Reactome: A Curated Pathway Database

RMTs methylate histone arginines

Stable Identifier
R-HSA-3214858
Type
Pathway
Species
Homo sapiens
Locations in the PathwayBrowser
Summation

Arginine methylation is a common post-translational modification; around 2% of arginine residues are methylated in rat liver nuclei (Boffa et al. 1977). Arginine can be methylated in 3 different ways: monomethylarginine (MMA); NG,NG-asymmetric dimethylarginine (ADMA) and NG,N'G-symmetric dimethylarginine (SDMA). The formation of MMA, ADMA and SDMA in mammalian cells is carried out by members of a family of nine protein arginine methyltransferases (PRMTs) (Bedford & Clarke 2009).

Type I, II and III PRMTs generate MMA on one of the two terminal guanidino nitrogen atoms. Subsequent generation of asymmetric dimethylarginine (ADMA) is catalysed by the type I enzymes PRMT1, PRMT2, PRMT3, co-activator-associated arginine methyltransferase 1 (CARM1), PRMT6 and PRMT8. Production of symmetric dimethylarginine (SDMA) is catalysed by the type II enzymes PRMT5 and PRMT7. On certain substrates, PRMT7 also functions as a type III enzyme, generating MMA only. PRMT9 activity has not been characterized. No known enzyme is capable of both ADMA and SDMA modifications. Arginine methylation is regarded as highly stable; no arginine demethylases are known (Yang & Bedford 2013).

Most PRMTs methylate glycine- and arginine-rich (GAR) motifs in their substrates (Boffa et al. 1977). CARM1 methylates a proline-, glycine- and methionine-rich (PGM) motif (Cheng et al. 2007). PRMT5 can dimethylate arginine residues in GAR and PGM motifs (Cheng et al. 2007, Branscombe et al. 2001).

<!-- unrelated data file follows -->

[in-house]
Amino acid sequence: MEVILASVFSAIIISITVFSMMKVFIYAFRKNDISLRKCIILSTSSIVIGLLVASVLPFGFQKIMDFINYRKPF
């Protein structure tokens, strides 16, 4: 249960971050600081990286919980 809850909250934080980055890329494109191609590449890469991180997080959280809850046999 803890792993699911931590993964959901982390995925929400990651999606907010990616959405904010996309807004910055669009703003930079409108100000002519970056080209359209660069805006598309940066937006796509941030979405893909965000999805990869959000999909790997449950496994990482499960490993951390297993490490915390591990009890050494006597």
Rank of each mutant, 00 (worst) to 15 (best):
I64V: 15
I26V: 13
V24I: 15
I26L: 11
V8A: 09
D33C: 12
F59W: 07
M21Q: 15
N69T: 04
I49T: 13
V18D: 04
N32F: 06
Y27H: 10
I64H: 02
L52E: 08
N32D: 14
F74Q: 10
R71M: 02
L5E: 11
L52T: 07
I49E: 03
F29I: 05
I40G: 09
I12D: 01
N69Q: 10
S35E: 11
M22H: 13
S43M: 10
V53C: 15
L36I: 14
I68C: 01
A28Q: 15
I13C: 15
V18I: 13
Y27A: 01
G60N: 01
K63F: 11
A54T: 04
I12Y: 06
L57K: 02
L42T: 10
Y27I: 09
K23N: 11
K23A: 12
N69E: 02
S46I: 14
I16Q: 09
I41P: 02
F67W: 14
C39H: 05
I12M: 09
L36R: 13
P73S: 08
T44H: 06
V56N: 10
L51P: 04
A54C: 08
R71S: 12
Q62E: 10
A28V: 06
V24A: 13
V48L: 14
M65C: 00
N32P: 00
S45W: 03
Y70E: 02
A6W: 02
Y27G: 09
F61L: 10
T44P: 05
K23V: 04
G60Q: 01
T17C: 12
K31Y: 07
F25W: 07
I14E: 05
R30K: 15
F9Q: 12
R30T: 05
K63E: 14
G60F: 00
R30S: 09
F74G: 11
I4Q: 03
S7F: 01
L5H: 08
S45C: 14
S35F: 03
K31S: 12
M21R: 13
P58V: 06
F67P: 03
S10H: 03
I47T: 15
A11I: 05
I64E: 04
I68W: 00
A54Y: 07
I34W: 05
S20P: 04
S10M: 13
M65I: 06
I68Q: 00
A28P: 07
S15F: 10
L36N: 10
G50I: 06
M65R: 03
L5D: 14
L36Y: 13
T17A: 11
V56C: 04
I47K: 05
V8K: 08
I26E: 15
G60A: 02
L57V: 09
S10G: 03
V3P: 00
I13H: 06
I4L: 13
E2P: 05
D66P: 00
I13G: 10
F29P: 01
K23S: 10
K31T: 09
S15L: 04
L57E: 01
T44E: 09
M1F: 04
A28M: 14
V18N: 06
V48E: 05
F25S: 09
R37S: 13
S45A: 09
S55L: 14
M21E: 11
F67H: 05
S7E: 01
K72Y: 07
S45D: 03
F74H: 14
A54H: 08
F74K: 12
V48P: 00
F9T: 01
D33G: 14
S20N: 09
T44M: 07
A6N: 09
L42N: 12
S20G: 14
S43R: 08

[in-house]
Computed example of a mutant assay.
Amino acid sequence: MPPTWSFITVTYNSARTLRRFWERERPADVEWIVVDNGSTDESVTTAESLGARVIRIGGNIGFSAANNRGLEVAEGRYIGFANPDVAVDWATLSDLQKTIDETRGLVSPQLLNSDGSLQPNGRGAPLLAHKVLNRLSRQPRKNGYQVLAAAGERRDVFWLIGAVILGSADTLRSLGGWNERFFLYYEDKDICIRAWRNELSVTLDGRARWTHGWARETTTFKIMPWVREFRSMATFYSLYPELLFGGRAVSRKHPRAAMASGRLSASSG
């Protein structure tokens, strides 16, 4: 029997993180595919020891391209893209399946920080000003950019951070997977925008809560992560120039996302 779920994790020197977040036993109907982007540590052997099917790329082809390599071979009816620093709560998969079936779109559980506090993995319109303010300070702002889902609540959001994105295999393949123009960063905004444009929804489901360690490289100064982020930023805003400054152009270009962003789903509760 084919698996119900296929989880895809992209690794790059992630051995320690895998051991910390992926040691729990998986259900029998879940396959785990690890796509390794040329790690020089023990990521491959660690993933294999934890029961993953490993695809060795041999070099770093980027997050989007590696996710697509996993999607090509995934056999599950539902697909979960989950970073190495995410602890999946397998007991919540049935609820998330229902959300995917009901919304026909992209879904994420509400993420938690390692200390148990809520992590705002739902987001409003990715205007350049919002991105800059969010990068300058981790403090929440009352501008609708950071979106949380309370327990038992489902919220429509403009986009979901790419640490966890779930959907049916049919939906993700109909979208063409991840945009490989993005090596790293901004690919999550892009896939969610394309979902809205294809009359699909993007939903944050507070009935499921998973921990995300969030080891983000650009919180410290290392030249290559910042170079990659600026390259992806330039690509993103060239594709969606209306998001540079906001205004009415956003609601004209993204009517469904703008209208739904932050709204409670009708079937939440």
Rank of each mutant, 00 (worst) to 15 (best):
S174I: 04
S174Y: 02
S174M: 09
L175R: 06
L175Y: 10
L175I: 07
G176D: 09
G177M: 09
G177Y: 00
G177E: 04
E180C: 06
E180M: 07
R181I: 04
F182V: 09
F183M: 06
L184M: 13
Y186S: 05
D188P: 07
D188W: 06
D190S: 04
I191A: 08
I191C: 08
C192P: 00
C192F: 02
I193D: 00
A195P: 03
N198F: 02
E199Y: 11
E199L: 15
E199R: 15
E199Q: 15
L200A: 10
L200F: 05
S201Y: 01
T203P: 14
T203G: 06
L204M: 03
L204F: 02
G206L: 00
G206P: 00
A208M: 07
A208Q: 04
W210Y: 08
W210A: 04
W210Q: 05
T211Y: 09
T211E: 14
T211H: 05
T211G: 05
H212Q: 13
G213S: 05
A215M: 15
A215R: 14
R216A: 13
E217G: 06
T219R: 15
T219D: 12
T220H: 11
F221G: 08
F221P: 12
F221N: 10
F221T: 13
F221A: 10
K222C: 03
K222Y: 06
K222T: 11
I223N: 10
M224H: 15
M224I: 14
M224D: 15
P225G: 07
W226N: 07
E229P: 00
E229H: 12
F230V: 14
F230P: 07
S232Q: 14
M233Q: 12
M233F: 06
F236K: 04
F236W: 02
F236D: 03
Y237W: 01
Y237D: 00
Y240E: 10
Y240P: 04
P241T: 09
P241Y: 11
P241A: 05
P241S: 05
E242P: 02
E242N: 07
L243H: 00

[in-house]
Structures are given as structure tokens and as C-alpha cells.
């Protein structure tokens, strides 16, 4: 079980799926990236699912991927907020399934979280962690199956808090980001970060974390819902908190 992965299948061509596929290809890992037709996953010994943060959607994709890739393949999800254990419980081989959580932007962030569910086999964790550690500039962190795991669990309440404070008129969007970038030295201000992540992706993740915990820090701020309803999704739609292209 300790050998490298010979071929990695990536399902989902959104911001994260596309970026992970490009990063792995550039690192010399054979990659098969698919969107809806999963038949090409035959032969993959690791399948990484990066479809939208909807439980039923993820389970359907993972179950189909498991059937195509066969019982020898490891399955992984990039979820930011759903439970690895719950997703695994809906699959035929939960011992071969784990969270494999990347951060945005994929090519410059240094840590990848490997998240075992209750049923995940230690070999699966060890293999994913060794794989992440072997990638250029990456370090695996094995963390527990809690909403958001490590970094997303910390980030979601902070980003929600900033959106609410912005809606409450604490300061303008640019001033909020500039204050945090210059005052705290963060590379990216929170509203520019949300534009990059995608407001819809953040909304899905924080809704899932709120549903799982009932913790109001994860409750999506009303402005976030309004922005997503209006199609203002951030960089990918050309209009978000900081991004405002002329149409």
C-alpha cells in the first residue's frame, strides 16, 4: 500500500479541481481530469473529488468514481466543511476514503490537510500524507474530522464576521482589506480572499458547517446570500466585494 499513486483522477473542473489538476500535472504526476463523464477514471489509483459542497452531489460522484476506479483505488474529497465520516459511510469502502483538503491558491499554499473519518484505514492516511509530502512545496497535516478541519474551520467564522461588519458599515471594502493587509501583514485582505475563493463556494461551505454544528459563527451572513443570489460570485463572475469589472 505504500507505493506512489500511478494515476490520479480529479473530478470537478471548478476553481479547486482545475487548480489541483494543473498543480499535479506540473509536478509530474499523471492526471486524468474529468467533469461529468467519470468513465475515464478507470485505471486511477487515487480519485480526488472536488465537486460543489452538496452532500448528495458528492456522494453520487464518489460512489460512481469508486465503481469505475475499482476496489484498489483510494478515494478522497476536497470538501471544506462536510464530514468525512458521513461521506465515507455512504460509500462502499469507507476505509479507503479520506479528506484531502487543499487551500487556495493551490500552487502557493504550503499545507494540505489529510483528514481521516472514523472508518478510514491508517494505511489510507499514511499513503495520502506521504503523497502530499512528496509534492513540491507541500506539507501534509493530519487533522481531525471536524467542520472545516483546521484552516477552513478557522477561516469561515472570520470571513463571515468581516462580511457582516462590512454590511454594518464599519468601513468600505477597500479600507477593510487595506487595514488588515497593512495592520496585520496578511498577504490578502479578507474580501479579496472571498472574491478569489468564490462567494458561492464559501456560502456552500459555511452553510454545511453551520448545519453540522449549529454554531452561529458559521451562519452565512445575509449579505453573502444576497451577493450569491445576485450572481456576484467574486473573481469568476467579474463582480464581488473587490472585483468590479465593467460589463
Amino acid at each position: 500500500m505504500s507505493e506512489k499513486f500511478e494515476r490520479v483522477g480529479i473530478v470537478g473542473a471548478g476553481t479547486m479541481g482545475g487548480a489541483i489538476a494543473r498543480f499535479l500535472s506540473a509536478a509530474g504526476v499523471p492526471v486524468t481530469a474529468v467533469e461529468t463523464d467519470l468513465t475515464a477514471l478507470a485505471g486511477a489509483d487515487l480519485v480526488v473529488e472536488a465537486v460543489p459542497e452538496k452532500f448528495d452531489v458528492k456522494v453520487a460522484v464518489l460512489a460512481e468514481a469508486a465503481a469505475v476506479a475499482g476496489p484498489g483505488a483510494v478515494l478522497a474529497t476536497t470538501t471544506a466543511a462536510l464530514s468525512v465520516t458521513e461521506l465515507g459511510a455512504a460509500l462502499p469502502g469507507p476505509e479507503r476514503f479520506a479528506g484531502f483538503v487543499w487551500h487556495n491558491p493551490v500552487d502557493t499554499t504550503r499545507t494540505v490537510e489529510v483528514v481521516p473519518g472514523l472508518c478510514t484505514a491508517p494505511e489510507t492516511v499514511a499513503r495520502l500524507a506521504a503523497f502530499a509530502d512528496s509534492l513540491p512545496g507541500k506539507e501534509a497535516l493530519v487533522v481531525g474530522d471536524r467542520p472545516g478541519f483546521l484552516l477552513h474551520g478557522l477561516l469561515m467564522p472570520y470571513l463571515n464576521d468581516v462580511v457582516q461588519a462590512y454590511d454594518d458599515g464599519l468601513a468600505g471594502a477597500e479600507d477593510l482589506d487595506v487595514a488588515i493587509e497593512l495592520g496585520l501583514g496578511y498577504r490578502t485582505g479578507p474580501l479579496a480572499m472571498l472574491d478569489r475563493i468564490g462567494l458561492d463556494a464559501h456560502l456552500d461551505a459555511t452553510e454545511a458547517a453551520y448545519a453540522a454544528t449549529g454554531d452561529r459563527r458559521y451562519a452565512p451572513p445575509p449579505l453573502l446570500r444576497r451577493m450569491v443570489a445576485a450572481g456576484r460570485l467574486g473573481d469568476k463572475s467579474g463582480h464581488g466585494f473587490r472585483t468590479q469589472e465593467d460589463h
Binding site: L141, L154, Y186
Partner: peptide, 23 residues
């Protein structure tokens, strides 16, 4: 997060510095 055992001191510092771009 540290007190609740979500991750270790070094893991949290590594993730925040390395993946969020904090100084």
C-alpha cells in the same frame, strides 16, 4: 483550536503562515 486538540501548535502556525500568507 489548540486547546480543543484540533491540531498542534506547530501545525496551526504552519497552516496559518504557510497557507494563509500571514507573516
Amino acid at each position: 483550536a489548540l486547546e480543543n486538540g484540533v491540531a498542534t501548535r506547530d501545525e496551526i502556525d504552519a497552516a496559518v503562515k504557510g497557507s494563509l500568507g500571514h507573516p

PRMTs are widely expressed and are constitutively active as purified recombinant proteins. However, PRMT activity can be regulated through PTMs, association with regulatory proteins, subcellular compartmentalization and factors that affect enzyme-substrate interactions. The target sites of PRMTs are influenced by the presence of other PTMs on their substrates. The best characterized examples of this are for histones. Histone H3 lysine-19 acetylation (H3K18ac) primes the histone tail for asymmetric dimethylation at arginine-18 (H3R17me2a) by CARM1 (An et al. 2003, Daujat et al. 2002, Yue et al. 2007). H3 lysine-10 acetylation (H3K9ac) blocks arginine-9 symmetric dimethylation (H3R8me2s) by PRMT5 (Pal et al. 2004). H4R3me2a catalyzed by PRMT1 favours subsequent acetylation of the histone H4 tail (Huang et al. 2005). At the same time histone H4 lysine-5 acetylation (H4K5ac) makes the H4R3 motif a better substrate for PRMT5 compared with PRMT1, thereby moving the balance from an activating ADMA mark to a suppressive SDMA mark at the H4R3 motif (Feng et al. 2011). Finally methylation of Histone H3 on arginine-3 (H3R2me2a) by PRMT6 blocks methylation of H3 lysine-5 by the MLL complex (H3K4me3), and vice versa, methylation of H3K4me3 prevents H3R2me2a methylation (Guccione et al. 2007, Kirmizis et al. 2007, Hyllus et al. 2007). N.B. The coordinates of post-translational modifications represented and described here follow UniProt standard practice whereby coordinates refer to the translated protein before any further processing. Histone literature typically refers to coordinates of the protein after the initiating methionine has been removed. Therefore the coordinates of post-translated residues in the Reactome database and described here are frequently +1 when compared with the literature.

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